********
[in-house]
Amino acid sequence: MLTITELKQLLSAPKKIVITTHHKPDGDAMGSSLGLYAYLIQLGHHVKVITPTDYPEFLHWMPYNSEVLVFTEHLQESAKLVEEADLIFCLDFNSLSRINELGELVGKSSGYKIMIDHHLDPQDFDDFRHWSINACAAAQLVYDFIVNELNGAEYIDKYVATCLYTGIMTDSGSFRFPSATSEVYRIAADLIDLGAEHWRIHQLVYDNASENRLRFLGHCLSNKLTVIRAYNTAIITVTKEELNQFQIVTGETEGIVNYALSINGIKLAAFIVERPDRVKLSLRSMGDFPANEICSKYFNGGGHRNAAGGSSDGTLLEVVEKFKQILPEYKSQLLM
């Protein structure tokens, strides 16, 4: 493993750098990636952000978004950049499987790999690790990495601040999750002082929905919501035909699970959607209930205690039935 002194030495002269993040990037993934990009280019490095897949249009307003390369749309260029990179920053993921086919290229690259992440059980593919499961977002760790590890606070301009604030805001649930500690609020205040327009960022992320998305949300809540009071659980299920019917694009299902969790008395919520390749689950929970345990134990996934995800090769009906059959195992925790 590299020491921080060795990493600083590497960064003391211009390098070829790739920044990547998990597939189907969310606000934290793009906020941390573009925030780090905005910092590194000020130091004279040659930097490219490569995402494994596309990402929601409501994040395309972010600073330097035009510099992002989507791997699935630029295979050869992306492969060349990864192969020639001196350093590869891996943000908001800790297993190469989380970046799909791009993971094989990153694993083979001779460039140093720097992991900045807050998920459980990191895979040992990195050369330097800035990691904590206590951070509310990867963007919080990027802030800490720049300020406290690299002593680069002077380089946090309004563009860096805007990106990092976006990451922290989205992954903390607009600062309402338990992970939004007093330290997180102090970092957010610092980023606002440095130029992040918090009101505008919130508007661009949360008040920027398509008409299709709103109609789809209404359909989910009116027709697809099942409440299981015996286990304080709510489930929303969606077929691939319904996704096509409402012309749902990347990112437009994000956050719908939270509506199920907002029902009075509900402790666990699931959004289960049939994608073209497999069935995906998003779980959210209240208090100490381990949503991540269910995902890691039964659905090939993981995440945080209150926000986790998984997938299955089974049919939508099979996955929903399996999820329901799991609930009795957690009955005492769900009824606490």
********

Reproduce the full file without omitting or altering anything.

[in-house]
Amino acid sequence: MLTITELKQLLSAPKKIVITTHHKPDGDAMGSSLGLYAYLIQLGHHVKVITPTDYPEFLHWMPYNSEVLVFTEHLQESAKLVEEADLIFCLDFNSLSRINELGELVGKSSGYKIMIDHHLDPQDFDDFRHWSINACAAAQLVYDFIVNELNGAEYIDKYVATCLYTGIMTDSGSFRFPSATSEVYRIAADLIDLGAEHWRIHQLVYDNASENRLRFLGHCLSNKLTVIRAYNTAIITVTKEELNQFQIVTGETEGIVNYALSINGIKLAAFIVERPDRVKLSLRSMGDFPANEICSKYFNGGGHRNAAGGSSDGTLLEVVEKFKQILPEYKSQLLM
């Protein structure tokens, strides 16, 4: 493993750098990636952000978004950049499987790999690790990495601040999750002082929905919501035909699970959607209930205690039935 002194030495002269993040990037993934990009280019490095897949249009307003390369749309260029990179920053993921086919290229690259992440059980593919499961977002760790590890606070301009604030805001649930500690609020205040327009960022992320998305949300809540009071659980299920019917694009299902969790008395919520390749689950929970345990134990996934995800090769009906059959195992925790 590299020491921080060795990493600083590497960064003391211009390098070829790739920044990547998990597939189907969310606000934290793009906020941390573009925030780090905005910092590194000020130091004279040659930097490219490569995402494994596309990402929601409501994040395309972010600073330097035009510099992002989507791997699935630029295979050869992306492969060349990864192969020639001196350093590869891996943000908001800790297993190469989380970046799909791009993971094989990153694993083979001779460039140093720097992991900045807050998920459980990191895979040992990195050369330097800035990691904590206590951070509310990867963007919080990027802030800490720049300020406290690299002593680069002077380089946090309004563009860096805007990106990092976006990451922290989205992954903390607009600062309402338990992970939004007093330290997180102090970092957010610092980023606002440095130029992040918090009101505008919130508007661009949360008040920027398509008409299709709103109609789809209404359909989910009116027709697809099942409440299981015996286990304080709510489930929303969606077929691939319904996704096509409402012309749902990347990112437009994000956050719908939270509506199920907002029902009075509900402790666990699931959004289960049939994608073209497999069935995906998003779980959210209240208090100490381990949503991540269910995902890691039964659905090939993981995440945080209150926000986790998984997938299955089974049919939508099979996955929903399996999820329901799991609930009795957690009955005492769900009824606490």